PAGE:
Justice is the key ingredient for sustainable peace in CAR

To build a lasting peace, the CAR government needs to ensure there is justice for past crimes and human rights abuses.

CAR peace deal Reuters
CAR President Faustin Archange Touadera seen at a signing ceremony following two weeks of peace talks in the Sudanese capital Khartoum, February 5, 2019 [Mohamed Nureldin Abdallah/Reuters]

On February 6, the government of the Central African Republic (CAR) and 14 armed groups signed a long-awaited peace agreement aiming to end the country’s devastating civil war. While the deal was celebrated as an important step towards peace both in CAR and abroad, now many Central Africans are asking themselves: is this the peace they have been waiting for?

This is not CAR’s first peace agreement. In fact, several deals have been signed and eventually collapsed in the last few years. While there are reasons to be optimistic that this time will be different, it is important to be clear-headed about the challenges that lie ahead. Much depends on how the agreement’s many compromises are interpreted and implemented. One compromise in particular – justice for human rights abuses – will require creative thinking as the peace process moves forward. 

Dealing with justice was a difficult component of the peace talks mediated by the African Union. A cloud of uncertainty hung over the outcome until the very last day. In fact, the text of the peace agreement only became known after it was leaked on February 8, two days after the President, Faustin-Archange Touadera, formally endorsed the document. Many worried that the government was reluctant to admit that it had agreed to a broad-based amnesty for the country’s armed groups, depriving Central African victims of the opportunity to seek justice in court. 

These concerns proved misplaced. The peace agreement makes no direct mention of amnesties, and it reaffirms that impunity is a core cause of the crisis in CAR. This is in and of itself a significant achievement given that amnesty was reportedly a non-negotiable demand of various armed groups.

And yet there remains room for concern. Beyond token invocations of the “fight against impunity”, the agreement says very little of substance about justice for serious crimes. Notably, it does not mention trials of perpetrators before the Special Criminal Court, a hybrid court that the CAR government helped bring into existence in 2015 and which finally launched investigations in October 2018. This is surprising, given that the government had, until very recently, emphasised that prosecutions of serious crimes were an essential component of the peace process.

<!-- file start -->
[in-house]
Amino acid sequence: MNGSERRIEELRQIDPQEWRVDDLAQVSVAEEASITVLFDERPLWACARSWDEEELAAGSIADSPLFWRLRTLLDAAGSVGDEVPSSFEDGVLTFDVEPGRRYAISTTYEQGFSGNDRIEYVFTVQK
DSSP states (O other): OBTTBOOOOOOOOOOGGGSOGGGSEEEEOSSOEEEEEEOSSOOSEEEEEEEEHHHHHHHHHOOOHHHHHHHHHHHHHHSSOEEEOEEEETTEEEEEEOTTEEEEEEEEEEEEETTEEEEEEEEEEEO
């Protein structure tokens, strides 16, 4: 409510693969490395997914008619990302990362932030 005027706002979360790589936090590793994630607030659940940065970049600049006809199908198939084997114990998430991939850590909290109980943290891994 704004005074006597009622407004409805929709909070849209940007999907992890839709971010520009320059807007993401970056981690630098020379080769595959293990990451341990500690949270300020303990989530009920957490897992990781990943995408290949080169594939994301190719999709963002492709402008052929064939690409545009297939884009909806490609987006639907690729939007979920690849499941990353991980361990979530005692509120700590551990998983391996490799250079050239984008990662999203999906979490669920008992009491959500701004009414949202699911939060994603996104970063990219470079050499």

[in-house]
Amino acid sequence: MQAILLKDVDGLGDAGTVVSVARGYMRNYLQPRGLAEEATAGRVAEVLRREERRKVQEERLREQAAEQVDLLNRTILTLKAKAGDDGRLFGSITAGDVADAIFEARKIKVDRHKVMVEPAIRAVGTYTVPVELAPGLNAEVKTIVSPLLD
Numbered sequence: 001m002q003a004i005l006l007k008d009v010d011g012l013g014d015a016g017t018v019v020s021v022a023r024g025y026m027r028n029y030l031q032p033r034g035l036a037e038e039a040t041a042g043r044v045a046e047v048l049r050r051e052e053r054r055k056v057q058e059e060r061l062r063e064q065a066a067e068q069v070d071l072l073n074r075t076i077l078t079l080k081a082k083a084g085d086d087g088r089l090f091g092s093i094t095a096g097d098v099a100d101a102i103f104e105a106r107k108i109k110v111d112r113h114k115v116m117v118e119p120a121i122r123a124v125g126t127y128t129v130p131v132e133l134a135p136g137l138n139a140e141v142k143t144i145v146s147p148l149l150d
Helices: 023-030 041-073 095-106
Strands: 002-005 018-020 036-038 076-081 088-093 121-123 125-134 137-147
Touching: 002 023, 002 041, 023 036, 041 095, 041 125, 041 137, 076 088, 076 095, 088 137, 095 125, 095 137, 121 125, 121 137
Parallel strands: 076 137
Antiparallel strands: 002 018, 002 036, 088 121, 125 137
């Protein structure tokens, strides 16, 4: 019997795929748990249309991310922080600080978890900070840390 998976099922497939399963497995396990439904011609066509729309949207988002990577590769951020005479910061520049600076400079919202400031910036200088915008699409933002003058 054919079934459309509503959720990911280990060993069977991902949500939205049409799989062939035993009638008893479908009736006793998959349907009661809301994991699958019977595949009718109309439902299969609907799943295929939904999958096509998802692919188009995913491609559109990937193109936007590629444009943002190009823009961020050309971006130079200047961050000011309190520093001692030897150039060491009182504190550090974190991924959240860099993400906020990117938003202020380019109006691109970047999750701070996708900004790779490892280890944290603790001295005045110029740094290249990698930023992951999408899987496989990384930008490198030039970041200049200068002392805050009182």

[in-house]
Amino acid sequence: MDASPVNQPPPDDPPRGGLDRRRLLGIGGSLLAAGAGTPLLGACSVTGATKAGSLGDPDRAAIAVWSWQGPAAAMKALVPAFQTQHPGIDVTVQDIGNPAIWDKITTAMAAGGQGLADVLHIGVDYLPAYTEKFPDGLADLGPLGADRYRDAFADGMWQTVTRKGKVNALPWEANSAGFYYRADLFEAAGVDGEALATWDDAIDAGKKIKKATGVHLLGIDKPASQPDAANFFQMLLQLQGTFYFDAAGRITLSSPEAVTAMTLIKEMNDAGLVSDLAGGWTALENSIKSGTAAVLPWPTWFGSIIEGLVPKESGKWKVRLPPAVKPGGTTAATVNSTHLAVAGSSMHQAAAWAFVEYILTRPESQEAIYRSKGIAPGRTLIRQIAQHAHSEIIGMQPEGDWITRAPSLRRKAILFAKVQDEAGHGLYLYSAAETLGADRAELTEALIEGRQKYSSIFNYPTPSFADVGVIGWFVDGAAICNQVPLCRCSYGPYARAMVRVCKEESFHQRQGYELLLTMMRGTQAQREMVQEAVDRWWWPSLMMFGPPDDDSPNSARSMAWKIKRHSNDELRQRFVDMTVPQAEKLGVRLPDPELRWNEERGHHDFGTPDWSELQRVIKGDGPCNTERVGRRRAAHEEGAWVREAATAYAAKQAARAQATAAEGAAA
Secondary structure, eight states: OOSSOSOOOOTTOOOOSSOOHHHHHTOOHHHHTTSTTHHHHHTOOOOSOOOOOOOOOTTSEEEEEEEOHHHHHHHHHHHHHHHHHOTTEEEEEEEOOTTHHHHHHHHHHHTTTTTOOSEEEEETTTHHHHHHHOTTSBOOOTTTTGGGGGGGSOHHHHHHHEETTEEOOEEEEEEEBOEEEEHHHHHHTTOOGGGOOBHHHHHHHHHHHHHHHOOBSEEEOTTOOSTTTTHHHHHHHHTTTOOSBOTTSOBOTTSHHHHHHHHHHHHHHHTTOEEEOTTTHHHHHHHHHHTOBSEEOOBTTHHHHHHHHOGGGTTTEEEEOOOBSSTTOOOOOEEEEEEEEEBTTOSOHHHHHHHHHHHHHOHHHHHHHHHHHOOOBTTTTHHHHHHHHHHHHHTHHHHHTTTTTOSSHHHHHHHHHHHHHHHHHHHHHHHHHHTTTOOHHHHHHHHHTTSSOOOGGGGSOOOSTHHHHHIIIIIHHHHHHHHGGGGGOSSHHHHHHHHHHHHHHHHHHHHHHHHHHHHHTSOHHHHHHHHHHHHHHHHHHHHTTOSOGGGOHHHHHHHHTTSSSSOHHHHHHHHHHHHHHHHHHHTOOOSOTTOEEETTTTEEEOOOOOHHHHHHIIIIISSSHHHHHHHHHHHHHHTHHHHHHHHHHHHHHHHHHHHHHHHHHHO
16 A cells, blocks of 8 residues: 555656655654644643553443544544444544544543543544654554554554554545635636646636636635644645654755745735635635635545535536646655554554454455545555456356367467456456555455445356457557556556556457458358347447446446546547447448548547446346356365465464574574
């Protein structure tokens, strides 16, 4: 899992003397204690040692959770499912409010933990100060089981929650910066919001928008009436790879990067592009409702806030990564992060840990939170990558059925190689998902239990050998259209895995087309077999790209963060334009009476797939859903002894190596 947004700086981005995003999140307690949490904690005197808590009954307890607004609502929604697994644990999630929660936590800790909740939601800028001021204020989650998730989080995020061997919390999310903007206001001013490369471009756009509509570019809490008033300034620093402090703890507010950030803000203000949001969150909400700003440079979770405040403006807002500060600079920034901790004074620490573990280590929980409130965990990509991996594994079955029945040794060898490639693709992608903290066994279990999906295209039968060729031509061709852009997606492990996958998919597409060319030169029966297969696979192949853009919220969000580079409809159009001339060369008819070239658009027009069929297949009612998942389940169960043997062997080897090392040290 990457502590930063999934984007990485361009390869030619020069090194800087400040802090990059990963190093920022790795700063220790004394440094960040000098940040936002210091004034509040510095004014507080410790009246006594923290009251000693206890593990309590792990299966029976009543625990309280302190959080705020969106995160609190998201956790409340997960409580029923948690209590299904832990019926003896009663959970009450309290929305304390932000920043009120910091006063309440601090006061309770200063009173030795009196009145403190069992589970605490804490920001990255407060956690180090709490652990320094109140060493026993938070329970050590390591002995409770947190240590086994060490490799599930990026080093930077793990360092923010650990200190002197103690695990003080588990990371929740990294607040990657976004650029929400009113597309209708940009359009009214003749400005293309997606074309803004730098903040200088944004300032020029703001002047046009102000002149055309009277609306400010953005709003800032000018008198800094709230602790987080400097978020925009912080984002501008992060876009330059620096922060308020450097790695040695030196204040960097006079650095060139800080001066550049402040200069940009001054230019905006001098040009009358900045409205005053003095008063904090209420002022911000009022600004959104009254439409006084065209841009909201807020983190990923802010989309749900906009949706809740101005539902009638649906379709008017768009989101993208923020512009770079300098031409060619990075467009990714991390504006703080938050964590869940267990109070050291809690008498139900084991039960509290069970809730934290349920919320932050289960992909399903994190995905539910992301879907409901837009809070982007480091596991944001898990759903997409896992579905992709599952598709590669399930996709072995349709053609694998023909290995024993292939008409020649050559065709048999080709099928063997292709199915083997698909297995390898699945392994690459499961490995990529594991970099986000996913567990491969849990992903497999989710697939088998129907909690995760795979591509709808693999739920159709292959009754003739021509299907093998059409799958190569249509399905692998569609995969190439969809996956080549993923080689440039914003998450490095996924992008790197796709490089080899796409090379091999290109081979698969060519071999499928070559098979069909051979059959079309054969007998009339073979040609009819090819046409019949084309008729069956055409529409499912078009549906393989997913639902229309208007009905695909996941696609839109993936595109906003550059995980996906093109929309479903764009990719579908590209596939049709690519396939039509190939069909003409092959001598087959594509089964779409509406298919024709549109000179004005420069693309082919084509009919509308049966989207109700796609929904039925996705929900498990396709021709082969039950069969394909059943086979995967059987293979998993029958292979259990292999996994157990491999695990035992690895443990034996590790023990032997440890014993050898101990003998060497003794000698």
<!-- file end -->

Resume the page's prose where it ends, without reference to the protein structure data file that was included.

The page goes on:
The new peace agreement seems to place the emphasis elsewhere. Adopting the language of pardons and reconciliation, it requires a Truth, Justice, Reparations and Reconciliation Commission (TJRRC) to be established within 90 days of the agreement’s adoption. The short timeframe will certainly ensure minds concentrate on getting the commission up and running, but it leaves very little time for public and expert consultations. There is clearly a risk that the new TJRRC will be unresponsive to the needs and expectations of ordinary Central Africans. 

More worryingly, an Inclusive Commission will operate while details of the TJRRC are hashed out. Tasked with examining “tragic aspects of the CAR conflict”, the Inclusive Commission has been empowered to recommend “action in matters of justice”. Some fear that the peace agreement’s vague language on justice foreshadows further compromises on human rights abuses. It is unclear whether the Inclusive Commission, which is composed of just eight government representatives and five armed group members, has enough legitimacy and public support to shape the public debate on justice in CAR. 

These developments may signify a broader policy shift in the Central African government’s handling of armed groups. Human rights groups worry that although the peace agreement makes no explicit mention of amnesty, pardons and reconciliation will be understood as an alternative to prosecutions. In fact, according to Human Rights Watch, some armed groups view the peace agreement as a de facto amnesty, and have warned that they will withdraw from the peace process if their members are arrested.

This is worrying. It suggests that there remain fundamental differences of opinion about the relationship between peace and justice in CAR. Much will depend on the resilience of civil society organisations, which have advocated on behalf of victims, as well as the international community. It is critical that the new truth and reconciliation commission finds creative ways of moving the discussion forward. How this will be done remains unclear at this stage, but the government and armed groups must find a way to share power and deal with past grievances without undermining Central Africans’ aspirations for justice.

One thing is certain: if there is to be a sustainable peace, various controversial topics arising from the recent peace deal will have to be decided in the next few months. As noted last month by the outgoing United Nations Special Representative, Parfait Onanga-Anyanga, the peace agreement was a “necessary and decisive step” but “the most difficult part is still to come”. Justice is just one component of the peace process, but how the government and the armed groups handle this issue is likely to determine the future of peace in CAR.

The views expressed in this article are the author’s own and do not necessarily reflect Al Jazeera’s editorial stance.